Subcrestal Iliac-Screw: A Technical Note Describing a Free Hand, In-line, Low Profile Iliac Screw Insertion Technique to Avoid Side-connector Use and Reduce Implant Complications

    loading  Checking for direct PDF access through Ovid

Abstract

Study Design.

Case-series.

Objective.

To report our modified iliac-screw insertion technique and its clinical outcomes.

Summary of Background Data.

Iliac-screws are one of the preferred methods for modern spinopelvic-fixation. However, the technique is not without complications, predominantly because of iliac-screw head prominence, leading to pain and revisions. Conventional iliac-screw entry point is sited superficially at the posterior-superior-iliac-spine (PSIS) contributing to screw-head prominence. We propose a more low-profile, subcrestal entry point that is more medial and inferior to the PSIS at the medial wall of the iliac crest, lying underneath the crest but above the sacroiliac joint. This position keeps the screw-head low profile and in-line with proximal instrumentation to ease rod engagement.

Methods.

Ten consecutive patients who underwent spinal deformity correction surgery using the modified iliac-screw entry point fixations were enrolled. Clinical, radiological, and surgical parameters were reviewed.

Results.

Five males and five females with average age of 66 years and average follow up of 29 months were reviewed. Mean preoperative Cobb angle and C7-SVA were 32.1° and 10.3 cm, respectively. Surgical indication was progressive deformity and neurogenic claudication in eight cases and fracture in two cases. Twenty noncannulated, polyaxial iliac-screws with median dimension of 7.5 x 75 mm were inserted free hand. Bilateral S1 screws were used in all except two cases. Only five out of 16 iliac-screws with concomitant S1 screws needed side-connectors. At the last follow up only one iliac-screw head was felt to be prominent but without pain in a Parkinson's patient. None of the 10 patients had cases of revision, breakages, or sacroiliac pain.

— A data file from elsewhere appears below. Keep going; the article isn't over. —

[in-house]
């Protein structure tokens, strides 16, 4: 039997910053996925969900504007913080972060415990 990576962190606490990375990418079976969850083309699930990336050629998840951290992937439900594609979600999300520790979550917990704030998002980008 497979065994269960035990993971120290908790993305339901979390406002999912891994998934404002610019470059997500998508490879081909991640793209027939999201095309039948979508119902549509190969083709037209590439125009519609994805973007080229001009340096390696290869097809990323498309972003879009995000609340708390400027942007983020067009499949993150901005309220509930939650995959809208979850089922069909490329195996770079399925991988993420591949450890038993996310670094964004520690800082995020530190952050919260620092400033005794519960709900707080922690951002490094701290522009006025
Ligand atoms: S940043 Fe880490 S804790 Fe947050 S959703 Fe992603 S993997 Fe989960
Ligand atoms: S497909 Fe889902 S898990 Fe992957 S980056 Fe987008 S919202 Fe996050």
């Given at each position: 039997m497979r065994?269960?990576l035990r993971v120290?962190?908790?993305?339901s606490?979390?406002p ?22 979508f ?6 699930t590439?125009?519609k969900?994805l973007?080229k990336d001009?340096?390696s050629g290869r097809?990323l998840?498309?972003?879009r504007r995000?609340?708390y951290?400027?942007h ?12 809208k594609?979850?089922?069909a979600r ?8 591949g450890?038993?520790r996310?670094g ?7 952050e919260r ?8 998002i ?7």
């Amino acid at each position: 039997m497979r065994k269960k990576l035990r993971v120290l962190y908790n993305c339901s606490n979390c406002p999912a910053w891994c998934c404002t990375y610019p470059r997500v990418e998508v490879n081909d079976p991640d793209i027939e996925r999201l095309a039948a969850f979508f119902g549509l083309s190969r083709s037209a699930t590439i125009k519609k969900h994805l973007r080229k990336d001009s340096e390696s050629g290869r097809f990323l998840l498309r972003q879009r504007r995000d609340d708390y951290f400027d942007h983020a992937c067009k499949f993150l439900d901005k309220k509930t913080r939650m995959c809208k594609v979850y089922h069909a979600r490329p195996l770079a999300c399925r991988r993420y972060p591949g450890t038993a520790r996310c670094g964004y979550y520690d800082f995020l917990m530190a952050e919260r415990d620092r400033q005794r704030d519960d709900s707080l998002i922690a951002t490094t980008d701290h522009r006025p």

Conclusion.

Subcrestal iliac-screw insertion is feasible, safe, and has the potential to reduce screw-head complications and avoid the use of side-connectors, lowering construct complexity and cost. The technique has the advantage of both the low-profile S2 alar iliac screw and the ease of free-hand insertion of the traditional iliac-screw.

Conclusion.

Level of Evidence: 4

Related Topics

    loading  Loading Related Articles